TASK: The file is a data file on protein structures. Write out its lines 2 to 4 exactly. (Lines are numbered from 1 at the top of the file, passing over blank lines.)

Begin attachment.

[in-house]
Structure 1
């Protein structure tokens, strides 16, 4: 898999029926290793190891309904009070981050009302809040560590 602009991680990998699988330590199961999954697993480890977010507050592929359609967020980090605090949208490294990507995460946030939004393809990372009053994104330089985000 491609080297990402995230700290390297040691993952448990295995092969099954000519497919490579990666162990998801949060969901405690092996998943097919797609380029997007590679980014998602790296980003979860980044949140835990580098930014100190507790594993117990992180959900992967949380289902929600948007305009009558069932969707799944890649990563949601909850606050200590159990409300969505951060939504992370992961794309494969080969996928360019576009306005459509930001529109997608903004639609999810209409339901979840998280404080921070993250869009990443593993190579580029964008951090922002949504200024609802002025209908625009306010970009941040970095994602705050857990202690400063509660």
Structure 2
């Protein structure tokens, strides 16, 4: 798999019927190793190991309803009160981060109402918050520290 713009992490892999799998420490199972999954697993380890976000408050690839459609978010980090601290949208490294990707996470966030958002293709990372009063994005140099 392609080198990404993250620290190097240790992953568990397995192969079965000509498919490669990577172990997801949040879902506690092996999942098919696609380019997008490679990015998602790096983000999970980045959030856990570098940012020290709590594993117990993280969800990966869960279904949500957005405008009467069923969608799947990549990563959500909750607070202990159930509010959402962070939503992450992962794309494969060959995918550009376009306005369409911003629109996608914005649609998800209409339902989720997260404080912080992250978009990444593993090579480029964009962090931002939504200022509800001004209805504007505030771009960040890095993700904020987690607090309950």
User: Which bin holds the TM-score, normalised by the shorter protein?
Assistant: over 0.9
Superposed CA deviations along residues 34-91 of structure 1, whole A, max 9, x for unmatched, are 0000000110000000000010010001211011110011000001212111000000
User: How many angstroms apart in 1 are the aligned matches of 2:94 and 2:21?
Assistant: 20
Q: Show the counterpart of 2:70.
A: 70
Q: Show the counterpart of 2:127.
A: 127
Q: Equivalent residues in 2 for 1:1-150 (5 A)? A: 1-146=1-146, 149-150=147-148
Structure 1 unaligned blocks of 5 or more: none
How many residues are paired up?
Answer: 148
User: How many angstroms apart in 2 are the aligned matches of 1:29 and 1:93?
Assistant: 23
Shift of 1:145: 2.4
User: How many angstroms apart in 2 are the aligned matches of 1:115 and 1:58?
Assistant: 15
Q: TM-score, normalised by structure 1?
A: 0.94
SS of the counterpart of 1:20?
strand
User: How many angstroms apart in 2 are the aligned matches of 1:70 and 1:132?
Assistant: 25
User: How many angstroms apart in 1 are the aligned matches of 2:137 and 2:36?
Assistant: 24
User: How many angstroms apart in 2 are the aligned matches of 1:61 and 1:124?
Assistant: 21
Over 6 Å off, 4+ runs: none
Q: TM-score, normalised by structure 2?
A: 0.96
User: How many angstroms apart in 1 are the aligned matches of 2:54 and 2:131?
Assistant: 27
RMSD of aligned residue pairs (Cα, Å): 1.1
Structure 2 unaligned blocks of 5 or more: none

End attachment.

Structure 1
């Protein structure tokens, strides 16, 4: 898999029926290793190891309904009070981050009302809040560590 602009991680990998699988330590199961999954697993480890977010507050592929359609967020980090605090949208490294990507995460946030939004393809990372009053994104330089985000 491609080297990402995230700290390297040691993952448990295995092969099954000519497919490579990666162990998801949060969901405690092996998943097919797609380029997007590679980014998602790296980003979860980044949140835990580098930014100190507790594993117990992180959900992967949380289902929600948007305009009558069932969707799944890649990563949601909850606050200590159990409300969505951060939504992370992961794309494969080969996928360019576009306005459509930001529109997608903004639609999810209409339901979840998280404080921070993250869009990443593993190579580029964008951090922002949504200024609802002025209908625009306010970009941040970095994602705050857990202690400063509660």
Structure 2